Liberalisation of the electricity markets in the UK and Scandinavia has driven merger activity in these territories. This was evident in 1996 with U.S. companies taking over MEB, East Midlands Electricity and Northern Electric, with London Electricity likely to follow in early 1997. There could have been more, but intervention from the regulatory authorities prevented National Power from being acquired by Southern Company.
In Scandinavia, the combined electricity market of Sweden and Norway may be suffering from several problems, but that has not prevented the major players from increasing their market share through acquisition. Finland's IVO now controls Gullspang Kraft, Sweden's fourth-largest generator, and the number of distributors in Sweden continues to decline, with deals such as Sydkraft's acquisition of Orebro Energi.
Elsewhere in Europe, the passing of the EU Directive on the liberalisation of electricity markets is affecting industry consolidation. In Spain, the Spanish Government has approved Endesa's acquisition of controlling stakes in Sevilliana de Electricidad and Fecsa. In the Netherlands, the four largest generators (EPON, EPZ, EZH and UNA) are holding merger talks. In Germany, EVS and Badenwerk are pursuing a merger, and Bayernwerk is seeking to acquire the majority of Isar-Amperewerke. In Denmark, Vattenfall's acquisition of a 10-percent stake in NESA sparked concerns among the Danish Government when it was reported that Vattenfall was also interested in acquiring the 80-percent stake in the company held by the Gentofte, the local municipality.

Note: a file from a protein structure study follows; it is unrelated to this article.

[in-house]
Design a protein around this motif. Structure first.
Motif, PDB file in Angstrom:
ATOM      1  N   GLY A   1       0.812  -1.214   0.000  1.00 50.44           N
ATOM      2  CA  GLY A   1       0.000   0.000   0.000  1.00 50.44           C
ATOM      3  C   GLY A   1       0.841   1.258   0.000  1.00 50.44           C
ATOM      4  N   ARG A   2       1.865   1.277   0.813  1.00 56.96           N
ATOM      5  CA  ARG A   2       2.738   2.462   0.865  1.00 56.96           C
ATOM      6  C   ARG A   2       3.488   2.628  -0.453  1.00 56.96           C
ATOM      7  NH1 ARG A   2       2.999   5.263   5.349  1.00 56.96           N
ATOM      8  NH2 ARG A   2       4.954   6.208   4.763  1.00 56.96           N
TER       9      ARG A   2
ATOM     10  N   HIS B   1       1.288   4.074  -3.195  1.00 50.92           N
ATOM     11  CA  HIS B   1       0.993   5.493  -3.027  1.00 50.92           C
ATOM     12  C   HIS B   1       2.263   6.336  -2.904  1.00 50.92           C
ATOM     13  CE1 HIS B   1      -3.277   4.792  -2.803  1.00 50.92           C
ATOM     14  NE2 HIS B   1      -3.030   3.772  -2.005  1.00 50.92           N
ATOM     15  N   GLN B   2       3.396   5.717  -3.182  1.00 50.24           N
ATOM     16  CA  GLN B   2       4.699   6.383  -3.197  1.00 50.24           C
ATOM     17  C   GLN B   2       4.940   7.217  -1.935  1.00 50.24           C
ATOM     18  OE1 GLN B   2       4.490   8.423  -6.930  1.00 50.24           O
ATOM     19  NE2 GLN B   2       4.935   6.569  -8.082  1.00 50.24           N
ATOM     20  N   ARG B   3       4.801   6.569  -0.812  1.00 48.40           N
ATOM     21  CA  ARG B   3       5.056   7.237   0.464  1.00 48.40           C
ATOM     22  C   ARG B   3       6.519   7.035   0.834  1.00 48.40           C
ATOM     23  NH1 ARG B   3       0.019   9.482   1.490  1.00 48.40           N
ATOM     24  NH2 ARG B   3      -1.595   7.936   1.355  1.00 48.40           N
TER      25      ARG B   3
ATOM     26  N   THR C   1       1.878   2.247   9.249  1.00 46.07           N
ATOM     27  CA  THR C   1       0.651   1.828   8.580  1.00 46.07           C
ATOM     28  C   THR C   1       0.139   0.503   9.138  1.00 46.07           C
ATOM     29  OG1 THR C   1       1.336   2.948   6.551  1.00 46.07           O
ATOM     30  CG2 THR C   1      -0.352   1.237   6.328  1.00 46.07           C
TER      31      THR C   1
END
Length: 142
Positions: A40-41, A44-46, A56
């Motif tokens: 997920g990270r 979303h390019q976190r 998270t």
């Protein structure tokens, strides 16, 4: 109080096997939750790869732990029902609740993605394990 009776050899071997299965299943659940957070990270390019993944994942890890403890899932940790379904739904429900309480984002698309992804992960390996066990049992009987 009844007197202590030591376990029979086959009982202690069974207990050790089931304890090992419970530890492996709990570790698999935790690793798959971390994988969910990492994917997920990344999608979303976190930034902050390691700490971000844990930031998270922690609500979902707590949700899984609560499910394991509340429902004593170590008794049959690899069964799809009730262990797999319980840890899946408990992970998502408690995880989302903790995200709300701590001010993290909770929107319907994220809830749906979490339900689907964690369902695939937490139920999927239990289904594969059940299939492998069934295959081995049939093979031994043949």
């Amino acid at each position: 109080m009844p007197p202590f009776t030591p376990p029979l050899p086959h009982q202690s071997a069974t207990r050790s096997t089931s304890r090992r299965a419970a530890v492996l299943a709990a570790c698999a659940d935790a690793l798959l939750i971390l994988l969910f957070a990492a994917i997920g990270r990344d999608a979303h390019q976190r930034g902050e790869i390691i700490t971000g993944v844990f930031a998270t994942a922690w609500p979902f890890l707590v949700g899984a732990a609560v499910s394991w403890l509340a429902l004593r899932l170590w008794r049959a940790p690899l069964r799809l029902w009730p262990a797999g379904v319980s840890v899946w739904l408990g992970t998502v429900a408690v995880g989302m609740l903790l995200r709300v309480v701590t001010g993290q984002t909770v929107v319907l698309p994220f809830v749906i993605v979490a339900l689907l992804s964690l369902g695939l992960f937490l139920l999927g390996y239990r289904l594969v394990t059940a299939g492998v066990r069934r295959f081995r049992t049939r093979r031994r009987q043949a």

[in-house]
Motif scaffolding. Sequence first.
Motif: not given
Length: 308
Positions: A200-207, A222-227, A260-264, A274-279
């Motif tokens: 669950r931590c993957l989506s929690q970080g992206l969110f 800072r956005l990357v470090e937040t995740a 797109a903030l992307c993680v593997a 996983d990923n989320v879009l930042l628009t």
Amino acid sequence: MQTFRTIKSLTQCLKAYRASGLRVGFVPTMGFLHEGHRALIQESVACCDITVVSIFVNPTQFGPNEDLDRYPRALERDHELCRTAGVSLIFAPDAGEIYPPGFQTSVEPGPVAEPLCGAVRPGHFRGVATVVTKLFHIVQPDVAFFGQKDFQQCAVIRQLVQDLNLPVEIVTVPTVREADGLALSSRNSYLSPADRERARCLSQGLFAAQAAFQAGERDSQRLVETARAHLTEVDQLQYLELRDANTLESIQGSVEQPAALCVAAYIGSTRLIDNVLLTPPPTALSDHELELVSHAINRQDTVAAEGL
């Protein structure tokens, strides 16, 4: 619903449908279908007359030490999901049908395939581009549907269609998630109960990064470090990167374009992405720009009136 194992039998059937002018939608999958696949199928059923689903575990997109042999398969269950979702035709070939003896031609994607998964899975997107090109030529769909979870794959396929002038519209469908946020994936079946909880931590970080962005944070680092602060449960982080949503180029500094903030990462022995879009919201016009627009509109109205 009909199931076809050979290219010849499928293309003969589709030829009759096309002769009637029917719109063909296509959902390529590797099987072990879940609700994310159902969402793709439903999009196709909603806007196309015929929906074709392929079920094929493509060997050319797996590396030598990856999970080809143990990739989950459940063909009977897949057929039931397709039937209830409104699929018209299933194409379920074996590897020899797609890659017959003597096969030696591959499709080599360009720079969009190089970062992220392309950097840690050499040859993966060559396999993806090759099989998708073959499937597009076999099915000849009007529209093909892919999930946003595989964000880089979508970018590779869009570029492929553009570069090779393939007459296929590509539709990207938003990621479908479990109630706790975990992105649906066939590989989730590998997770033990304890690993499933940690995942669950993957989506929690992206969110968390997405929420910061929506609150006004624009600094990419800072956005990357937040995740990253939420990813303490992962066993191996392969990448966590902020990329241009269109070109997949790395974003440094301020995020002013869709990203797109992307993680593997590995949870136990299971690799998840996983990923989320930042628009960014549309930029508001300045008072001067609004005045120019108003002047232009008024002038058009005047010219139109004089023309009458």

Switzerland and some other countries on the fringe of the EU also saw merger activity in 1996. Electricite de France and RWE jointly acquired a 40-percent stake in Motor Colombus, which controls Aare-Tessin, the country's largest electricity company. Although privatisation of the Hungarian electricity industry slowed, due principally to governmental delays in approving prices increases, both AES and IVO acquired state-owned power plants. In the Czech Republic, the sale of strategic stakes in the eight regional distribution companies has been deferred again. However, Eastern Group acquired a small stake in one of the distributors and took a controlling interest in a cogeneration company. In Croatia, HEP signed an agreement with RWE to complete a power plant and agreed Memoranda of Understanding with Enron and Enserch covering two greenfield power stations.
Outside Europe, cross-border activity continued in Australia and South America. Following the sale of five distributors in 1995 to U.S. utilities, the State of Victoria sold two of its generators to the U.K.'s National Power and PowerGen. Sell-offs in Brazil commenced with the sale of Light to a consortia of Electricite de France, AES and Houston Industries and was followed by the sale of Cerj to a consortia of Chilectra of Chile, Endesa and Electricadade de Portugal.
One feature of the aquisition activity in 1996 has been the number of potential buyers. The sale of Cerj attracted some 29 bids and a similar number are reported to be interested in acquiring a stake in Bewag, the Berlin-based utility, and in HEW, the Hamburg-based utility. In Turkey, more than 50 bids for some 19,000 MW of greenfield and existing plant have been made, with particular interest in the gas-fired